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The Coinmissioners of his Majesty's Customs hereby give notice, that the following regulations have been established by the lords commissioners of his Majesty's treasury, in respect to the wearing apparel and baggage of persons arriving in this kingdom 1st. That all wearing apparel and baggage accompanying the proprie
tor, of whatever description, (except East India articles,) be delivered duty free; provided it appears on examination of the officers that the articles have been really worn, and were not made up for the purpose of being introduced into this country.
2d. That where the articles are not of the above description, and liable
to duty, or where the same are prohibited, that thie proprietors be allowed to leave them in the King's warehouses, under the care of the officers, for a period not exceeding six months, in order to give them an opportunity of taking them back without payment of duty.
3d. That these regulations be confined to cases where there is no im
proper proceeding, or attempt to unship or land articles withont the knowledge of the officers.
Board Minute, 6 August, 1822.
Douane de Londres,
le 6 Août, 1822. Les commissaires de la douane royale préviennent les voyageurs, que les Lords de la Trésorerie de sa Majesté ont établi les réglemens suivans, au sujet de l'habillement et des bagages des personnes arrivant en Angleterre : 1. Tout habillement et bagages quels qu'ils soient, (à l'exception des
Indes orientales,) appartenant aux voyageurs, seront exempts de droits; pourvu qu'il soit évident lors de la visite des officiers de la douane que ces articles ont été réellement portés, et qu'ils n'ont point été faits à dessein d'être introduits en fraude dans le royaume.
2. Quant aux autres articles que ceux mentionnés ci-dessus, c'est à dire
sujets aux droits ou prohibés, les propriétaires pourront les déposer, seulement pour six mois, dans les Magasins de la douane et sous la surveillance des officiers, afin d'avoir la facilité de les retirer sans payer de droits.
3. Ces réglemens ne seront valables que dans le cas où il n'y aura eu
aucune fraude ou tentative de déranger ou de débarquer les effets sans visite préalable des officiers de la douane.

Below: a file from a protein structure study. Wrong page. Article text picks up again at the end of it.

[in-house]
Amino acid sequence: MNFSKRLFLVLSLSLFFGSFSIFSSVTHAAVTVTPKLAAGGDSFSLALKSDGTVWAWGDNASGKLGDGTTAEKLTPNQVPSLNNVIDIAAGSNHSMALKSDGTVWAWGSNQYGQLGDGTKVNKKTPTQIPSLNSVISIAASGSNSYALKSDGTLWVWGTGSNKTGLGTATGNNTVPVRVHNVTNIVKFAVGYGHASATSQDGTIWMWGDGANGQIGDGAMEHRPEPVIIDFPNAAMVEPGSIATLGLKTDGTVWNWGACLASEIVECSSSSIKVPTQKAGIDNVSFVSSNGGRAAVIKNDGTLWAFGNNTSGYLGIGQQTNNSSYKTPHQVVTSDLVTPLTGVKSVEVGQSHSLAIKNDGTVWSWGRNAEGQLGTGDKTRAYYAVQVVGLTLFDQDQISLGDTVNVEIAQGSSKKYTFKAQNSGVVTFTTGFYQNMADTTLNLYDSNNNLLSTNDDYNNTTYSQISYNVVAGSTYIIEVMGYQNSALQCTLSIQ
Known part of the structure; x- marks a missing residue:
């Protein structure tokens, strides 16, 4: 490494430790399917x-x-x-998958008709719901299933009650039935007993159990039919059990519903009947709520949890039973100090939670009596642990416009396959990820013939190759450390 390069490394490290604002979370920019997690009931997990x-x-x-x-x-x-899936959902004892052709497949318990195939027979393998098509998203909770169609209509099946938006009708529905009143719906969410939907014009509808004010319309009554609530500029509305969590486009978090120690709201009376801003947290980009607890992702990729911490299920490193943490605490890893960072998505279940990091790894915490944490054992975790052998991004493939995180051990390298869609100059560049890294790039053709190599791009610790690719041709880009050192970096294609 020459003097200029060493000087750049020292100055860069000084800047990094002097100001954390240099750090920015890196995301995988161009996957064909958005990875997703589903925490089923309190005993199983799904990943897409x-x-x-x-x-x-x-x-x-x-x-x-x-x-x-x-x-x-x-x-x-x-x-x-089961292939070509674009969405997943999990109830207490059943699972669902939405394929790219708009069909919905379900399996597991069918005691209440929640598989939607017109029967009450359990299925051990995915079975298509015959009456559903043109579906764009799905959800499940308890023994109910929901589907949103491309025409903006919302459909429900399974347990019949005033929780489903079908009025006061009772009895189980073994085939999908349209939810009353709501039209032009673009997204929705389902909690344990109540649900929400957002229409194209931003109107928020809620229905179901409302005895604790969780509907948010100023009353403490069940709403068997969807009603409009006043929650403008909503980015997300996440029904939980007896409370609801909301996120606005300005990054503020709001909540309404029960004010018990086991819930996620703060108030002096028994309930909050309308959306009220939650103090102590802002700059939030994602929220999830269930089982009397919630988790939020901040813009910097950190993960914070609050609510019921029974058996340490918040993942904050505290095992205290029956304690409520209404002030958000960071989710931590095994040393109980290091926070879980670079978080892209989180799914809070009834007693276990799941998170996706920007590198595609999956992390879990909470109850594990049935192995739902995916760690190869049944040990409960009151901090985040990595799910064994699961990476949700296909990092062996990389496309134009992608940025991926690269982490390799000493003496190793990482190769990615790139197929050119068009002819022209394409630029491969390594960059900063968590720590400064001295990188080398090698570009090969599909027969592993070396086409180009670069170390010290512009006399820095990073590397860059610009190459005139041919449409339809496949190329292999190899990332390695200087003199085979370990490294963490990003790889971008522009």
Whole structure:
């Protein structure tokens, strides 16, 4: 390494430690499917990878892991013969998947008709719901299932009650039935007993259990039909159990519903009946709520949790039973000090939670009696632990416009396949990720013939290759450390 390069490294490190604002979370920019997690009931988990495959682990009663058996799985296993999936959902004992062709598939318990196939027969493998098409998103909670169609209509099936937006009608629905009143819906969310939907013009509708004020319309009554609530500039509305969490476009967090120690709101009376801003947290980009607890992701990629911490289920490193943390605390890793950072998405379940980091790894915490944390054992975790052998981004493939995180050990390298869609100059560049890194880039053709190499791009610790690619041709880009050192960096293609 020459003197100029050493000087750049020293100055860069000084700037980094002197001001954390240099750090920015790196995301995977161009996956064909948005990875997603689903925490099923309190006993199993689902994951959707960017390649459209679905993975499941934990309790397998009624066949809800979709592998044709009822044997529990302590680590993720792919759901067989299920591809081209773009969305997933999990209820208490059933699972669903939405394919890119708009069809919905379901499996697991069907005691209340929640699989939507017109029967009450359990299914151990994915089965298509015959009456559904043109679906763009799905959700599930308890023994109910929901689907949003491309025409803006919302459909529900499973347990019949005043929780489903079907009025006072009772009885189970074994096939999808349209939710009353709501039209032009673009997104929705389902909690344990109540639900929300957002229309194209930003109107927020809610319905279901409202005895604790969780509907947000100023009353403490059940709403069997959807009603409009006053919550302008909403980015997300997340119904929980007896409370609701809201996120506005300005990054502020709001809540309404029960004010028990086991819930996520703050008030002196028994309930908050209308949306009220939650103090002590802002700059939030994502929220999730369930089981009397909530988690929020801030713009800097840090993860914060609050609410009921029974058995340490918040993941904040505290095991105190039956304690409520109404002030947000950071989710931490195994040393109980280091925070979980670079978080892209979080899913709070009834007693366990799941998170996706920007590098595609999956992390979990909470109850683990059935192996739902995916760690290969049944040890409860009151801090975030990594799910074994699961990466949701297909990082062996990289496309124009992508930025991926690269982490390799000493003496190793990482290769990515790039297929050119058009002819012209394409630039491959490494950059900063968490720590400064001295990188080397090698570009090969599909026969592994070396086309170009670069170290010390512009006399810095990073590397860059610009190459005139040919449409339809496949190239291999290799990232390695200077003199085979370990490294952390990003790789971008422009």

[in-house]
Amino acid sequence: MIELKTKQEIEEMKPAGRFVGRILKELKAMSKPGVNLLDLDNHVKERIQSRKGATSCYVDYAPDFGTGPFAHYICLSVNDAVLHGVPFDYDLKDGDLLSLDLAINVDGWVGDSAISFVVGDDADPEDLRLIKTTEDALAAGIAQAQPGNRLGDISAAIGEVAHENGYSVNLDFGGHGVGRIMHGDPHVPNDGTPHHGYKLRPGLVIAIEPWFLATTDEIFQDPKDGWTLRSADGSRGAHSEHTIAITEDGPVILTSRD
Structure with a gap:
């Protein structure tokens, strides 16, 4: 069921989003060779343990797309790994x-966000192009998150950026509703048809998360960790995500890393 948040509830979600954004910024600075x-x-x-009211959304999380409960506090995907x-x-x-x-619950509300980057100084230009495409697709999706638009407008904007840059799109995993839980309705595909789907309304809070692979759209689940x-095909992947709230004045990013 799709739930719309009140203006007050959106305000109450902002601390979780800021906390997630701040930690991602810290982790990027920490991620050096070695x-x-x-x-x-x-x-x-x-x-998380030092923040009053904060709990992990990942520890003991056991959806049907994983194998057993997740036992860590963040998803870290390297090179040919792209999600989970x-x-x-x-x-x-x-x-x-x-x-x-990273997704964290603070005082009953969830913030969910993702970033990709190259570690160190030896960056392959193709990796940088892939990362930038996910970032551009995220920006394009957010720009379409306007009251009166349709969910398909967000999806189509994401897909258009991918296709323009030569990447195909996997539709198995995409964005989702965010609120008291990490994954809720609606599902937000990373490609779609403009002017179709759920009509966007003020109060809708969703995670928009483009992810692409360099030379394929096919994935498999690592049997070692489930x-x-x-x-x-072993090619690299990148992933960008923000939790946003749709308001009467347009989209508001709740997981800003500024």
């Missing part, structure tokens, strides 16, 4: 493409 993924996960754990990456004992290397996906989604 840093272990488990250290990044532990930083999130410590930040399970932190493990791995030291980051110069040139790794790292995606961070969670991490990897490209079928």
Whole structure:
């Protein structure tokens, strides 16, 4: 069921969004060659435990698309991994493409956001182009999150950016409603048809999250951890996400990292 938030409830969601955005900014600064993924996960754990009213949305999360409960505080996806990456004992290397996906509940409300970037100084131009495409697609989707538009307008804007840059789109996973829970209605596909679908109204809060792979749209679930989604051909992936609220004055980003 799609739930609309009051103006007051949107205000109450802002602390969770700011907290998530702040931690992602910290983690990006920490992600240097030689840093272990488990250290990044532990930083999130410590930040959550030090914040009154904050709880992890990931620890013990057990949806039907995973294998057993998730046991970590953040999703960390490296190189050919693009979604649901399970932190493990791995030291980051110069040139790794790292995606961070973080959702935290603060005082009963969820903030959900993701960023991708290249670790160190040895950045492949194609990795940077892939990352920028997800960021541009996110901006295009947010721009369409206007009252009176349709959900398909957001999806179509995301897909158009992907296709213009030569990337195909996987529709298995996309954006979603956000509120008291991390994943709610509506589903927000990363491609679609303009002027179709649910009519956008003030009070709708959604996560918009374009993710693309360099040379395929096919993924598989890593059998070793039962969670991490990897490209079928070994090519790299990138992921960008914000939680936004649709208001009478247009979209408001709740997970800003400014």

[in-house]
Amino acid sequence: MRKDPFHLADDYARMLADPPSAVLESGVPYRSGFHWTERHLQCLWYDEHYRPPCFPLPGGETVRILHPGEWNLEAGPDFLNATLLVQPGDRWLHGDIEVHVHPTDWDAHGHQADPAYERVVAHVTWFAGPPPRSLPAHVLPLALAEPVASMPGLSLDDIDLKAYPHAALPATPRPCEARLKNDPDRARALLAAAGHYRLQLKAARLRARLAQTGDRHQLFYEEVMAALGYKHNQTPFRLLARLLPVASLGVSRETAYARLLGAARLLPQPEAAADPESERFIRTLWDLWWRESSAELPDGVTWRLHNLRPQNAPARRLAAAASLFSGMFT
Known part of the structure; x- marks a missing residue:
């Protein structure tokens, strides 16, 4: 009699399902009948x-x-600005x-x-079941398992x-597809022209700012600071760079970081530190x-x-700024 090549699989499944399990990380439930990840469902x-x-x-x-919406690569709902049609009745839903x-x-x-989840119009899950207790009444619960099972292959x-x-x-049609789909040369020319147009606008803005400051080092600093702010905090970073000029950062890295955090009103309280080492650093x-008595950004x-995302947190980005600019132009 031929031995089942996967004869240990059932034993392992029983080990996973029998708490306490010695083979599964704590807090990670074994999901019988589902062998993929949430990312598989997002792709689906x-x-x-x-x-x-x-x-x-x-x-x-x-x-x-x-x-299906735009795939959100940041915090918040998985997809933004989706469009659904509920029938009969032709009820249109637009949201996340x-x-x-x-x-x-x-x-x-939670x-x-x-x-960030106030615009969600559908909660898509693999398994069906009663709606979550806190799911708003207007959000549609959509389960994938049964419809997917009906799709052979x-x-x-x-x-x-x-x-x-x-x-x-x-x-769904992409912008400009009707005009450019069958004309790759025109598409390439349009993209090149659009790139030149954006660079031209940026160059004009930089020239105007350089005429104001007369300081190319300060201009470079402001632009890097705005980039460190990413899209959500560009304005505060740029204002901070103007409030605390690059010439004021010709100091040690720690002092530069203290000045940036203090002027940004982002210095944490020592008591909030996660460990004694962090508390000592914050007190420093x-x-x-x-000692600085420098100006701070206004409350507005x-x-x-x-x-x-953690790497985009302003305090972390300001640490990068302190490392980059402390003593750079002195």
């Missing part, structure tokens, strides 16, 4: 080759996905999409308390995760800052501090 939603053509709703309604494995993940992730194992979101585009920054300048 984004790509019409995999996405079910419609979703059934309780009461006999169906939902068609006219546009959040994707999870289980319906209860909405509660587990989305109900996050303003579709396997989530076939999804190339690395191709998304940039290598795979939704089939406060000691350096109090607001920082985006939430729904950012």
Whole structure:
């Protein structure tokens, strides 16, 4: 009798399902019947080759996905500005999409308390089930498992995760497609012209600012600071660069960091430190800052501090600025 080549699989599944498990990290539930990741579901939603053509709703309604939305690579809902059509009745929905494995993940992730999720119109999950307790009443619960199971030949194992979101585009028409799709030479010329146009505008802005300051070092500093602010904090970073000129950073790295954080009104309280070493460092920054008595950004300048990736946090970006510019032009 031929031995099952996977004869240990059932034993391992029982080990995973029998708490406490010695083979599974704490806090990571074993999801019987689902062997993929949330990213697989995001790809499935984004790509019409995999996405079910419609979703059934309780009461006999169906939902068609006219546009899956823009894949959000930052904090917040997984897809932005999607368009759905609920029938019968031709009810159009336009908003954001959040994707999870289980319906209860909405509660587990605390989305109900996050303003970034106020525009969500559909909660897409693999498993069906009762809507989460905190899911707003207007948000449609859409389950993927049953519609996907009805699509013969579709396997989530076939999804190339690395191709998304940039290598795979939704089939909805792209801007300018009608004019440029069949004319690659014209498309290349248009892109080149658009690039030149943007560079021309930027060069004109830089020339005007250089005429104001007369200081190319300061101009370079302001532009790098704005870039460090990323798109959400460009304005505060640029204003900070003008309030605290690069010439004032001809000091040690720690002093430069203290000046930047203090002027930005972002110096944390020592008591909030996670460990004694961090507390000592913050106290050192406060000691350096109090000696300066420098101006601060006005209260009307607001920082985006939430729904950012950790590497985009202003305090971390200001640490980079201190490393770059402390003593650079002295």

Par ordre des commissaires,
G. DELAVAUD, Secrétaire.
The act of the 56 Geo. III. c. 86. having expired, the following ABStract is given of “ An Act for the Registration of Aliens,” passed in the 7 Geo. IV. c. 54.
By section 1, every alien who shall be in the realm at the commencement of the act shall make a declaration of his abode, name, &c. and transmit the same to the Alien-office in Great Britain, or to the chief secretary in Ireland; but one declaration sufficient for each family.
Masters to declare what aliens are on board or have landed.—The master of every vessel which, after the commencement of this act, shall arrive in this realm from foreign parts, shall immediately on his arrival declare in writing to the chief officer of the customs at the port of arrival, whether there is, to the best of his knowledge, any alien on board his vessel, and whether any alien hath, to his knowledge, landed therefrom at any place within this realm; and shall in his said declaration specify the number of aliens (if any) on board his vessel, or who have, to his knowledge, landed therefrom, and their names, rank, occupation, and description, as far as he shall be informed thereof; and if the master of any such vessel shall refuse or neglect to make such declaration, or shall make a false declaration, he shall for every such offence forfeit the sum of twenty pounds, and the further sum of ten pounds for each alien who shall have been on board at the time of the arrival of such vessel, or who shall have, to his knowledge, landed therefrom, within this realm, whom such master shall wilfully have refused or neglected to declare ; and in case such master shall neglect or refuse forthwith to pay such penalty, it shall be lawful for any officer of the customs, and he is hereby required to detain such vessel until the same shall be paid : Provided always, that nothing hereinbefore contained shall extend to any mariner whom the master shall certify in writing by him subscribed, to be actually employed in the navigation of such vessel during the time that such mariner shall remain so actually employed; which certificate so subscribed every such master is hereby required to give. $ 2.
Alien to declare his name, description, &c. and deliver his passport. -Every alien who shall after the commencement of this act arrive in any part of the United Kingdom from foreign parts, or pass from Great Britain to Ireland, or from Ireland to Great Britain, shall immediately after such arrival or passage deliver to the chief officer of the customs at the port of debarkation any passport which shall be in his or her possession, and declare in writing to such chief officer, or verbally make to him a declaration to be by him reduced into writing, of the name of the vessel in which he or she shall have arrived, and also of his or her names, rank, occupation, and description, and if a domestic servant, then also the names, rank, and description of his or her master or mistress; and shall also in like manner declare the country and place from